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New Iraqi parliament convenes Monday

By the CNN Wire Staff
  • NEW: Forming a government in Iraq could take months
  • Ex-prime minister's slate leads contenders
  • Current Prime Minister Nuri al-Maliki aligns with Shiite parties
  • March 7 vote was certified last week

Baghdad, Iraq (CNN) -- Iraq's new parliament will convene next week to start what could be a months-long process of forming a government after the March elections, the country's Presidency Council announced Tuesday.

Former Prime Minister Ayad Allawi's Iraqiya slate emerged from the balloting with 91 seats, a two-seat edge over the coalition led by current Prime Minister Nuri al-Maliki. Both are claiming the right to form a new government when parliament convenes on Monday.

Al-Maliki's State of Law coalition recently merged with another bloc of Shiite Muslim parties to form a 159-seat coalition, but that's still less than a majority of the 325-seat Council of Representatives. Meanwhile, an alliance of Kurdish parties won 43 seats, leaving them as potential kingmakers.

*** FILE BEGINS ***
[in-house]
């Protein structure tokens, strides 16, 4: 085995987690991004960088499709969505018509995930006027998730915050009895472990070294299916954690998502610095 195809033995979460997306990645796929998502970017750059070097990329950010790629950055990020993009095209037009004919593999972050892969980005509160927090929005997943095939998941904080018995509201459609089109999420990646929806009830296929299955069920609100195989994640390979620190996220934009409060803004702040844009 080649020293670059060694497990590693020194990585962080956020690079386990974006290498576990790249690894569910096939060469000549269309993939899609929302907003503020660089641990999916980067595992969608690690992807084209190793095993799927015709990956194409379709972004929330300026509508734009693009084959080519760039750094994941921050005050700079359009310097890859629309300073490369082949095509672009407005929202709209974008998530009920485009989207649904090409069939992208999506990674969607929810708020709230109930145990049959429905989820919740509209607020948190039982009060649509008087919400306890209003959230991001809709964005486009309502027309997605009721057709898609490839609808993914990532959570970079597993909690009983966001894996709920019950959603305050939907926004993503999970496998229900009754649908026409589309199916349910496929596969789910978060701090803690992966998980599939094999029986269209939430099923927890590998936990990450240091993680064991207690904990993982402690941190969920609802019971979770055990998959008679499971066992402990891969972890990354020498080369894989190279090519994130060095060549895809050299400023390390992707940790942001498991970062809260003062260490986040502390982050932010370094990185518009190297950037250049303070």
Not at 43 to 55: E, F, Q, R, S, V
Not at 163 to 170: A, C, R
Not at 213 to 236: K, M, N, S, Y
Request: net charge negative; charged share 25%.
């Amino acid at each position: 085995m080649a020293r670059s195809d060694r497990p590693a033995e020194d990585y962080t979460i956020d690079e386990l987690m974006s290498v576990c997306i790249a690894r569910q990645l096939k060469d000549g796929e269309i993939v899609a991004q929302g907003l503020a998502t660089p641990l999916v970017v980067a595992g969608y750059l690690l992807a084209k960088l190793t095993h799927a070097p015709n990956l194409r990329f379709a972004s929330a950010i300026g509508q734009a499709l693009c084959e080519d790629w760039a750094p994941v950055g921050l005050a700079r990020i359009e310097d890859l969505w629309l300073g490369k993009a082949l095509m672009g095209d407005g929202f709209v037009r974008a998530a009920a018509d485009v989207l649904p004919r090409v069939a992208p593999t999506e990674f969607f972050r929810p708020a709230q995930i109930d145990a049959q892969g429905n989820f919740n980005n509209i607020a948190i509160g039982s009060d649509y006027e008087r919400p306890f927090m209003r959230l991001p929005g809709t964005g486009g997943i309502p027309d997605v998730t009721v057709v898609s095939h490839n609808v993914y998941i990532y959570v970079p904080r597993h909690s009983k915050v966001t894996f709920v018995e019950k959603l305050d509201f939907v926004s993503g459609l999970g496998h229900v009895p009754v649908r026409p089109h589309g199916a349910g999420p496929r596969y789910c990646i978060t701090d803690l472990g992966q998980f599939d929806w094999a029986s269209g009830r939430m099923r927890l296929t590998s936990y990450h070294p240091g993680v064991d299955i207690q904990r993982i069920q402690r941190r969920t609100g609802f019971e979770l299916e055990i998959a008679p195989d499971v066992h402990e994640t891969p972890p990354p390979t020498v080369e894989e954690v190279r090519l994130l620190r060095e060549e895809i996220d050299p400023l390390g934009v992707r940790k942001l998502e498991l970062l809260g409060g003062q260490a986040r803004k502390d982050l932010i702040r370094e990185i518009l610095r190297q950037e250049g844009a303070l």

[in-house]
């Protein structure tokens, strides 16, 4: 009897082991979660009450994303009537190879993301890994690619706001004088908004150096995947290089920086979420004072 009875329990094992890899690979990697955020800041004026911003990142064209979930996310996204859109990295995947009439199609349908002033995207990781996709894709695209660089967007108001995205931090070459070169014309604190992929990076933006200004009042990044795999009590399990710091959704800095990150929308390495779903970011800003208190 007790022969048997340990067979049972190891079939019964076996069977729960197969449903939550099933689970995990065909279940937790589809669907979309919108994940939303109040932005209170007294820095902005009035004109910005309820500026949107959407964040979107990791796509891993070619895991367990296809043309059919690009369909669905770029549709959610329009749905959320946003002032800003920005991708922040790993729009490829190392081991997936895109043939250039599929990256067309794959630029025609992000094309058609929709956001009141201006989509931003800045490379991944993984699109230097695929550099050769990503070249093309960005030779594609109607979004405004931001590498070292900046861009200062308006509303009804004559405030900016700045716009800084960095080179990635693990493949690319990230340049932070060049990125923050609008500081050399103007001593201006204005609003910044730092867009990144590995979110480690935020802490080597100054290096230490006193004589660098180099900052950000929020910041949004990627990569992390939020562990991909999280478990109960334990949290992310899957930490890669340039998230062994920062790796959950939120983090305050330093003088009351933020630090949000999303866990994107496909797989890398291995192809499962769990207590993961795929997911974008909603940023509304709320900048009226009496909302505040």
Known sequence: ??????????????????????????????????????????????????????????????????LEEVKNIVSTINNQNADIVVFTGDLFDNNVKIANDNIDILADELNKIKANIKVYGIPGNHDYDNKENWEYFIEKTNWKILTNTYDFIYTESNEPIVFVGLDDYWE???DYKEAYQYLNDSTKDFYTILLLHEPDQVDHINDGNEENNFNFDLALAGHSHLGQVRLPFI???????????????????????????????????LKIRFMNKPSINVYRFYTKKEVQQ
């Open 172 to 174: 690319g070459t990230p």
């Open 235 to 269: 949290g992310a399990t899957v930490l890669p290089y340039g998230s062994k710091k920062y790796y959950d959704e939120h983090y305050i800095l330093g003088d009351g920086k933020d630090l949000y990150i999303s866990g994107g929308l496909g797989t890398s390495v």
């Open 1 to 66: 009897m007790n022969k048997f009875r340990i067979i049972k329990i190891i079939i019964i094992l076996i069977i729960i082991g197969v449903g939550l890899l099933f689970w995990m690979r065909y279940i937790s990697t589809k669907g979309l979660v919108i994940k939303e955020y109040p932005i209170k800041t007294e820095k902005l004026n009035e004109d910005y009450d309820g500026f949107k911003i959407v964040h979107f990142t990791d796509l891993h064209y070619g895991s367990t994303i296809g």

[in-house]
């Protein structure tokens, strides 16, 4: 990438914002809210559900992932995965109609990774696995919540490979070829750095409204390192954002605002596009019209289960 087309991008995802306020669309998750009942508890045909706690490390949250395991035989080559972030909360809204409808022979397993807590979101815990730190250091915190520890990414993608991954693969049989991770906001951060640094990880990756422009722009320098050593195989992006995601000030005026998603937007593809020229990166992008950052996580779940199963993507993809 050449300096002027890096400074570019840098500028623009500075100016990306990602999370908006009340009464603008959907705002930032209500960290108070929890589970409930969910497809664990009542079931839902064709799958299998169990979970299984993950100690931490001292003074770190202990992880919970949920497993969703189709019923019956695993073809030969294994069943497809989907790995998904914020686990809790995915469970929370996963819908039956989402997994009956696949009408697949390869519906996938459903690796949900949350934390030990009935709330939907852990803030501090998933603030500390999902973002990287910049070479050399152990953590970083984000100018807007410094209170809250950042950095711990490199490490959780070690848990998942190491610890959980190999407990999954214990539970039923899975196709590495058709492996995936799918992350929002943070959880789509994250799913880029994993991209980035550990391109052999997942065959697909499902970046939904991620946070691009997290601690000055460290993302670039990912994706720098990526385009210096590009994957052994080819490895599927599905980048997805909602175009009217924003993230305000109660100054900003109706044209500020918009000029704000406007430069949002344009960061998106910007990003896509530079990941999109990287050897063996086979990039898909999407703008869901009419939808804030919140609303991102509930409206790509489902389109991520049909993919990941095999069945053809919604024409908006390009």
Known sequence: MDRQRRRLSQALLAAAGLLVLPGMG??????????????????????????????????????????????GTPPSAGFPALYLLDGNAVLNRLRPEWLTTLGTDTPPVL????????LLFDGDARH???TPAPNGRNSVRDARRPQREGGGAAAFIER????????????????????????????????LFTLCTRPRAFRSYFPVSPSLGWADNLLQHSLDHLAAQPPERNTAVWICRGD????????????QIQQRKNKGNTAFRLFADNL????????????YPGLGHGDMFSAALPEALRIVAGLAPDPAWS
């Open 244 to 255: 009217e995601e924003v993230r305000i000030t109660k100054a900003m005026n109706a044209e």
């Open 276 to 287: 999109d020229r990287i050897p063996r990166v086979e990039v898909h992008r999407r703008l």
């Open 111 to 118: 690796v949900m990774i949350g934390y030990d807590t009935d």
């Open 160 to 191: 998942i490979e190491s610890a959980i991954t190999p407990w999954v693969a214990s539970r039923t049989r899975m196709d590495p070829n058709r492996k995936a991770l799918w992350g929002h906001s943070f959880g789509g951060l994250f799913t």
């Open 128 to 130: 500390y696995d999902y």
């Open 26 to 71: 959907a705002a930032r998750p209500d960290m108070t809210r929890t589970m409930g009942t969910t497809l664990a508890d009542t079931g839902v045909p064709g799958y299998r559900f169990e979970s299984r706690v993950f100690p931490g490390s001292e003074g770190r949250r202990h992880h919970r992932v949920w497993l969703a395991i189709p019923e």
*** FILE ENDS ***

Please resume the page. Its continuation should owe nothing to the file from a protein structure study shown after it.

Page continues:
Allawi led the interim Iraqi government set up in 2004, after the U.S. invasion that toppled longtime strongman Saddam Hussein. He is a member of Iraq's Shiite Muslim majority, but leads a secular bloc that includes prominent Sunni Arab politicians such as Vice President Tariq al-Hashimi.

Iraqiya was the main choice for the Sunni population, which turned out in large numbers to vote after largely boycotting the last election. Western officials have warned that any attempt to cut Iraqiya out of a new government could reignite the sectarian warfare that gripped the country for years after that previous vote, when a Shiite-led government that alienated Sunnis emerged.

The results of the March 7 elections were certified last week, after months of delays caused by a partial recount of votes and a number of appeals.

The new parliament must name a president, who would then have 15 days to designate a candidate for prime minister. That candidate would then have 30 days to assemble a government -- and if no deal is reached, another candidate would get a shot.

-- CNN's Jomana Karadsheh contributed to this report.